Why Long-Term Separation From Parents Harms Kids
As a society, we often wax eloquent about how important it is to nurture, support and protect our children. The sad reality, however, is that all too often major, life-changing decisions are made without any consideration of their potential lifelong and devastating impact on kids.
Case in point: children separated from their parents at borders as new immigration policies are debated. Separation from parents for even short periods can cause anxiety disorders that can last a long time.
I wish to underscore that my explanation here is apolitical. Instead, I am writing as a child and adolescent psychiatrist, parent, and member of our society, who would prefer that we be proactive rather than reactive when it comes to protecting vulnerable children at high risk for separation anxiety disorder and other emotional and behavior problems.
Separation anxiety disorder is a disorder that is marked by unusually strong, and clinically significant, fear and distress related to separation from the home, a parent or other attachment figure. The fear and distress exceed levels appropriate for the individual’s age and developmental level, and lasts at least four weeks in children.
Symptoms can include persistent fears of parents being killed or kidnapped, worries about a parent getting sick and being afraid to go to school. Abdominal pain, nausea and other physical symptoms are also common.
Uncertainty and pathological doubting can dominate. These children with separation anxiety disorder never get the “all clear signal” that they or their loved ones are safe unless they are physically together. Even then, safety is precarious as there is always the risk for future separation.
Low socioeconomic status, a family history of anxiety or depression, and other environmental, hereditary and genetic factors appear to increase the risk of developing separation anxiety disorder. However, some of the most common precipitants of separation anxiety symptoms are stress, trauma or a sudden change in environment, such as a divorce or death in the family, a move to a new house or school, or from being forcibly separated from a parent or loved one.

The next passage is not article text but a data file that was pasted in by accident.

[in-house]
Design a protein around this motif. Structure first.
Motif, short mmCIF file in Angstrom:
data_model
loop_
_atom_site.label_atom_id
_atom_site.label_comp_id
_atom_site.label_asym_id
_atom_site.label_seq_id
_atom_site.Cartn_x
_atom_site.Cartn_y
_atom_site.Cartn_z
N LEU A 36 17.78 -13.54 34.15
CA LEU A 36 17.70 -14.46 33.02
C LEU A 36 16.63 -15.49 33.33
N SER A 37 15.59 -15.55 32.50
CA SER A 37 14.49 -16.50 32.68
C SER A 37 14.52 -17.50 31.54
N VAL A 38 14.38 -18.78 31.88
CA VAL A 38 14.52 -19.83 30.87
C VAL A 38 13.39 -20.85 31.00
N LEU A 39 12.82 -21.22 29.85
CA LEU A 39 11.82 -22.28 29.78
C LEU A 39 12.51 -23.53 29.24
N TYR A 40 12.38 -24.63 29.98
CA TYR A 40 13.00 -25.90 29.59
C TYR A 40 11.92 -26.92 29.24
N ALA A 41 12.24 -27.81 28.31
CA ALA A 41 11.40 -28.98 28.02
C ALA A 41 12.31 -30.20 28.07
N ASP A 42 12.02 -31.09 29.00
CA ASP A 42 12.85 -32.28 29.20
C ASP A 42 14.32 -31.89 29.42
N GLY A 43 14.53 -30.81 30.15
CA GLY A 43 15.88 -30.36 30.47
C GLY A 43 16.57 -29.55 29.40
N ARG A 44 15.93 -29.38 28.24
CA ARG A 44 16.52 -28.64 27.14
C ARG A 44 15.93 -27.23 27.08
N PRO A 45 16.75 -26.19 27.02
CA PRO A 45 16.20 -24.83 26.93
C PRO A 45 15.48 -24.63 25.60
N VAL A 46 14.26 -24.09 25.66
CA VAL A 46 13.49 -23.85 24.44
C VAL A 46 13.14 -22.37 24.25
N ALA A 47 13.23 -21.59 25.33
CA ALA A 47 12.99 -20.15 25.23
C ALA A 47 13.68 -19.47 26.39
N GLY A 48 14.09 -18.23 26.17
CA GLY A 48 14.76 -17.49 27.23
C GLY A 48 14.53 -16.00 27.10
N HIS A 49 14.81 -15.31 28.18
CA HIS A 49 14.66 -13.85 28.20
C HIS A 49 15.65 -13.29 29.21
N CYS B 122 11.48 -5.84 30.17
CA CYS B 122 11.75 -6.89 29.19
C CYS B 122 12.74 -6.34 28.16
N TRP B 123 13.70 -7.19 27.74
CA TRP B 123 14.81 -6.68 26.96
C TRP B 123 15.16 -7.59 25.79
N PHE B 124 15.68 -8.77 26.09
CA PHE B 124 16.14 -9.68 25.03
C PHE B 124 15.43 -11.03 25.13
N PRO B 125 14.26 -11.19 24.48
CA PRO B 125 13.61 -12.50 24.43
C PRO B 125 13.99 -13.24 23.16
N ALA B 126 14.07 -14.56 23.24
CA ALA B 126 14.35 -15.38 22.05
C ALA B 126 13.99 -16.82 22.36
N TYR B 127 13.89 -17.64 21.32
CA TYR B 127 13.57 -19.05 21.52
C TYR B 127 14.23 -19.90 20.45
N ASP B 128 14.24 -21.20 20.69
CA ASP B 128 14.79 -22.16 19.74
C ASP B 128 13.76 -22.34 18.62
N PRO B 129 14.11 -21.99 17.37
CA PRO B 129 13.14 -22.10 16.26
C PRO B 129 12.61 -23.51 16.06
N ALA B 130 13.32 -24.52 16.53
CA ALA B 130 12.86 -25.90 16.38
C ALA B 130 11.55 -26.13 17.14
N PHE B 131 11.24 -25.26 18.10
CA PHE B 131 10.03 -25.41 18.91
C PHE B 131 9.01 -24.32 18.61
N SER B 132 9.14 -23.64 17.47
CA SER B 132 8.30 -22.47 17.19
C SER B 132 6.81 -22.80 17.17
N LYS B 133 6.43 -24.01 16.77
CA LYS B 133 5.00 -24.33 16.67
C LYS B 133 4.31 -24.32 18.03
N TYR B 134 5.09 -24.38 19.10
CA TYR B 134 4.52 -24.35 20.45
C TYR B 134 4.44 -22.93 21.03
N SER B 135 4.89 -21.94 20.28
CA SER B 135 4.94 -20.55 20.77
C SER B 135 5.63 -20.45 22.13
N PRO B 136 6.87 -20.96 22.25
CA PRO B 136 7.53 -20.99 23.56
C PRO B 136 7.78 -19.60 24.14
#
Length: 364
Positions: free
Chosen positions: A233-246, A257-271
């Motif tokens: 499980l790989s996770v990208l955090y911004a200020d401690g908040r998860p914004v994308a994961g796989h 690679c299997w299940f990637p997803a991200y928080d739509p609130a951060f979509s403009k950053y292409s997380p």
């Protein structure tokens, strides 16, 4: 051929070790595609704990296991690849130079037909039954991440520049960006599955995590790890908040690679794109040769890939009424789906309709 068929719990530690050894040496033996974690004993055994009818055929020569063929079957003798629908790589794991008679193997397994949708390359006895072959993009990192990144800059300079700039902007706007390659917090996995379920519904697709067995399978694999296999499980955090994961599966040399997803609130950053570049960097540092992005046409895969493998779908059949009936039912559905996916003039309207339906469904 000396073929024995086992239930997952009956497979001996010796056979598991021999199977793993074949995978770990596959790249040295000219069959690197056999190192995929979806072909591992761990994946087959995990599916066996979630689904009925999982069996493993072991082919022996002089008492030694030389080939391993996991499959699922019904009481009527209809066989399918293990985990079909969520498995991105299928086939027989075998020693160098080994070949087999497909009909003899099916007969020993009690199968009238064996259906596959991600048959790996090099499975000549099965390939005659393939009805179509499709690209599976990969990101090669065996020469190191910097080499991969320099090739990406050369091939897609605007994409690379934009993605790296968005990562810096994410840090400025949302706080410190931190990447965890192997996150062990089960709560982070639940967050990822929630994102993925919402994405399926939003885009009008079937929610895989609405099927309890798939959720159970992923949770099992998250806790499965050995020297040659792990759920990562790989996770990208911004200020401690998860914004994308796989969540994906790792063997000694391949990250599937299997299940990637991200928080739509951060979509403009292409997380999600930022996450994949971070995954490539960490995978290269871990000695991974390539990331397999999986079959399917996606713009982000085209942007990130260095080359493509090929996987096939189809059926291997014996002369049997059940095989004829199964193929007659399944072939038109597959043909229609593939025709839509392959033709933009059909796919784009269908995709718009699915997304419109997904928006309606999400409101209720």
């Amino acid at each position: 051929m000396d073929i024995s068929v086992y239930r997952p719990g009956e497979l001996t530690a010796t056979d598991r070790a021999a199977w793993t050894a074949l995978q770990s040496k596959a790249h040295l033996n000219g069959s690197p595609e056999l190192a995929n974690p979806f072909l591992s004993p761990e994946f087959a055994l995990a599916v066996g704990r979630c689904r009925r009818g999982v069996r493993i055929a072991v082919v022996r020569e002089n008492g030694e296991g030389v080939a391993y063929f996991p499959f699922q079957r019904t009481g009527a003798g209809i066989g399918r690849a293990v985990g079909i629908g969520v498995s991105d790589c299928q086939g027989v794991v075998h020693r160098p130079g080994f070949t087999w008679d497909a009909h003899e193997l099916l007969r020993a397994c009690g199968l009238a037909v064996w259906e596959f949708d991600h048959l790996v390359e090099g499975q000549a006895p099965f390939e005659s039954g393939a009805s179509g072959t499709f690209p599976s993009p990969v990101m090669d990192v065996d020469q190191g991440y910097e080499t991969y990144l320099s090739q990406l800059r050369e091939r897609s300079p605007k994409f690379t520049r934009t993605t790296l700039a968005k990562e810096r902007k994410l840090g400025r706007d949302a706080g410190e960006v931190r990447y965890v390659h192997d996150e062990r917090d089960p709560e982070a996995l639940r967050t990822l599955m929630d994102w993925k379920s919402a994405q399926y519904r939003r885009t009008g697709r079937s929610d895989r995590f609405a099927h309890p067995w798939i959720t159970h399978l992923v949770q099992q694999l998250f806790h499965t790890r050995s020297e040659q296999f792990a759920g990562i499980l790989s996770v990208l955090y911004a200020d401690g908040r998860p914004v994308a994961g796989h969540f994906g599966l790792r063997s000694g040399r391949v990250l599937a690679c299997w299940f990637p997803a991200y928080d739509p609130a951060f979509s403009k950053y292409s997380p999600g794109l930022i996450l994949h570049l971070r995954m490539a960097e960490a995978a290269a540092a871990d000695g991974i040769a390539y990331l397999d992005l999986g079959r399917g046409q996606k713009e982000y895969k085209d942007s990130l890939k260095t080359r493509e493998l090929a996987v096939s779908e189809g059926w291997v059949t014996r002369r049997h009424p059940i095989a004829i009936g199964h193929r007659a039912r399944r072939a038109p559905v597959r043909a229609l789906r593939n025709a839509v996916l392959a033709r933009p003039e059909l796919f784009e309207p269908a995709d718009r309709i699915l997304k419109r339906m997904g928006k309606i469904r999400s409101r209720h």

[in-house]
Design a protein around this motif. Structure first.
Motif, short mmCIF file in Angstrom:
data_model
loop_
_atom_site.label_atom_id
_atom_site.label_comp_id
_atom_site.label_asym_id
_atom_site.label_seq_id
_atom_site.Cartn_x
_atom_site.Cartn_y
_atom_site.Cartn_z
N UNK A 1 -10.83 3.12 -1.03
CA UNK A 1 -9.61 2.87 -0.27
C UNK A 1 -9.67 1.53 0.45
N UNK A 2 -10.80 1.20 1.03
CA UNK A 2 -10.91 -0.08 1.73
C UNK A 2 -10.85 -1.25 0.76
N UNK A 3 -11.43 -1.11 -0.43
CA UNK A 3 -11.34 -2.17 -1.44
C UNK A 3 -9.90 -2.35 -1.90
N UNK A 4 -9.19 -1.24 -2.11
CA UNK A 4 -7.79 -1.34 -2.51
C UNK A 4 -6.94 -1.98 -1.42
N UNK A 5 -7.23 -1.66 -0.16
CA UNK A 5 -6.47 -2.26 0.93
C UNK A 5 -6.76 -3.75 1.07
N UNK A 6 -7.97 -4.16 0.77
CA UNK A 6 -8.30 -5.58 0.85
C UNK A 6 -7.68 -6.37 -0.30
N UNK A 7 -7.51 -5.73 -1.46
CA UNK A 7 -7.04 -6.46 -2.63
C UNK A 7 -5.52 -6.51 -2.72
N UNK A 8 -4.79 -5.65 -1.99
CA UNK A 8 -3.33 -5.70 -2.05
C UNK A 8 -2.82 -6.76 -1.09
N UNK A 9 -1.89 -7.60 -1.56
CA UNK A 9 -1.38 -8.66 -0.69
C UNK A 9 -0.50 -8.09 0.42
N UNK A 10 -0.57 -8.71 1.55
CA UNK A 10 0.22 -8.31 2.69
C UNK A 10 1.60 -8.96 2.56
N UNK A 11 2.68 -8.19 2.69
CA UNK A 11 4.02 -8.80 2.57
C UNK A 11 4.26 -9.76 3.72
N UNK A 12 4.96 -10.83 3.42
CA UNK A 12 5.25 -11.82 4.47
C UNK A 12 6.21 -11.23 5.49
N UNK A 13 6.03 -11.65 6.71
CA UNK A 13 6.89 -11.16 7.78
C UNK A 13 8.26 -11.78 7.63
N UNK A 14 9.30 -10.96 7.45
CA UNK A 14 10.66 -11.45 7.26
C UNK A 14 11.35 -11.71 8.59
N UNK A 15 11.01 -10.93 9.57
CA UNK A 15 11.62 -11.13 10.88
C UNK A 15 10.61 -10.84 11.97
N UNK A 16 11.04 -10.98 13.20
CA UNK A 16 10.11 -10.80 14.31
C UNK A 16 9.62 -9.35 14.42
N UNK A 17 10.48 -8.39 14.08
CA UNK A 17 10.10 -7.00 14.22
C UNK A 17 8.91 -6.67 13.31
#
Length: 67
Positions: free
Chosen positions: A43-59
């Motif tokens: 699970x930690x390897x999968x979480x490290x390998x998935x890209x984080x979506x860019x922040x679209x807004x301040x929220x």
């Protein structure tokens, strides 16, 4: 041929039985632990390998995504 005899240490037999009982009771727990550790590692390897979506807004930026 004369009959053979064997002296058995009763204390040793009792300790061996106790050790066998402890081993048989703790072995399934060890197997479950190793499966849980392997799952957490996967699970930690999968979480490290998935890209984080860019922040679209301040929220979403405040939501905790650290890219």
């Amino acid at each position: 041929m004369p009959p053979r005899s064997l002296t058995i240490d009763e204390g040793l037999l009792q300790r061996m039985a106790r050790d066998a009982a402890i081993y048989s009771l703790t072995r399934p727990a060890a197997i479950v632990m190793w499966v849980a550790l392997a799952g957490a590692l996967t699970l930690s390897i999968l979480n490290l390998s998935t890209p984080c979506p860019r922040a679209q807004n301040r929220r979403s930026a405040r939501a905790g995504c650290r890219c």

It is important to point out that it is perfectly normal for young children to experience separation anxiety. It is a normal developmental milestone. For example, it is common for young children to get nervous and scared when their parent leaves and says goodbye.
This usually gets better in children as they get older, but in about 4-5 percent of children and adolescents separation anxiety persists and requires therapeutic intervention.
Treatment for separation anxiety disorder includes therapy, reassurance of the child and caregivers, and psychoeducation to provide the family with information about this disorder and the available treatment services that they can receive. However, medication may also be required for severe cases.
Separation anxiety disorder also increases the risk for developing depression, other anxiety disorders, post-traumatic stress disorder, and a dependent personality disorder in adulthood.
While it is true that children can be resilient and either persevere or recover, it is never easy and the hidden scars remain.
David Rosenberg, M.D., is chair of the department of psychiatry and behavioral neurosciences at Wayne State University. The Miriam L. Hamburger Endowed chair of child psychiatry and professor of psychiatry, Dr. Rosenberg is a 15-year veteran of the school of medicine faculty and the department.
This article was originally published on The Conversation. Read the original article.
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